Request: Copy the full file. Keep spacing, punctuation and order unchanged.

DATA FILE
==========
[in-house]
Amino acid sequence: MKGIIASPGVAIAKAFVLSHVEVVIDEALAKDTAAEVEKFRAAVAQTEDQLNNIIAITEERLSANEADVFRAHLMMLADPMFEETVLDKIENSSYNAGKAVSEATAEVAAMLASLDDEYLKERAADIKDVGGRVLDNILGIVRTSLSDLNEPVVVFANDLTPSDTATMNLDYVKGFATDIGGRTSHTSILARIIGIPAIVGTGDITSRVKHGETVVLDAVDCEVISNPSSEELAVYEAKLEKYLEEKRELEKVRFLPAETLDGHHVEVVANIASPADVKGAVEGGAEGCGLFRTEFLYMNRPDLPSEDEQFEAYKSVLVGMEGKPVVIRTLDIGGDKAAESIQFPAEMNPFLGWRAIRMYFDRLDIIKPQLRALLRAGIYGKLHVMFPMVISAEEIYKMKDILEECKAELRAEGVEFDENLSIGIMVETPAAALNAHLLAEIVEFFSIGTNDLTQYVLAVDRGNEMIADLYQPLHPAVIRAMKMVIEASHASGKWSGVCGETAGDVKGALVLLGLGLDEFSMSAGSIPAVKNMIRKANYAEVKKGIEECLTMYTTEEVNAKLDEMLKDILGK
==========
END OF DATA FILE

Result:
[in-house]
Amino acid sequence: MKGIIASPGVAIAKAFVLSHVEVVIDEALAKDTAAEVEKFRAAVAQTEDQLNNIIAITEERLSANEADVFRAHLMMLADPMFEETVLDKIENSSYNAGKAVSEATAEVAAMLASLDDEYLKERAADIKDVGGRVLDNILGIVRTSLSDLNEPVVVFANDLTPSDTATMNLDYVKGFATDIGGRTSHTSILARIIGIPAIVGTGDITSRVKHGETVVLDAVDCEVISNPSSEELAVYEAKLEKYLEEKRELEKVRFLPAETLDGHHVEVVANIASPADVKGAVEGGAEGCGLFRTEFLYMNRPDLPSEDEQFEAYKSVLVGMEGKPVVIRTLDIGGDKAAESIQFPAEMNPFLGWRAIRMYFDRLDIIKPQLRALLRAGIYGKLHVMFPMVISAEEIYKMKDILEECKAELRAEGVEFDENLSIGIMVETPAAALNAHLLAEIVEFFSIGTNDLTQYVLAVDRGNEMIADLYQPLHPAVIRAMKMVIEASHASGKWSGVCGETAGDVKGALVLLGLGLDEFSMSAGSIPAVKNMIRKANYAEVKKGIEECLTMYTTEEVNAKLDEMLKDILGK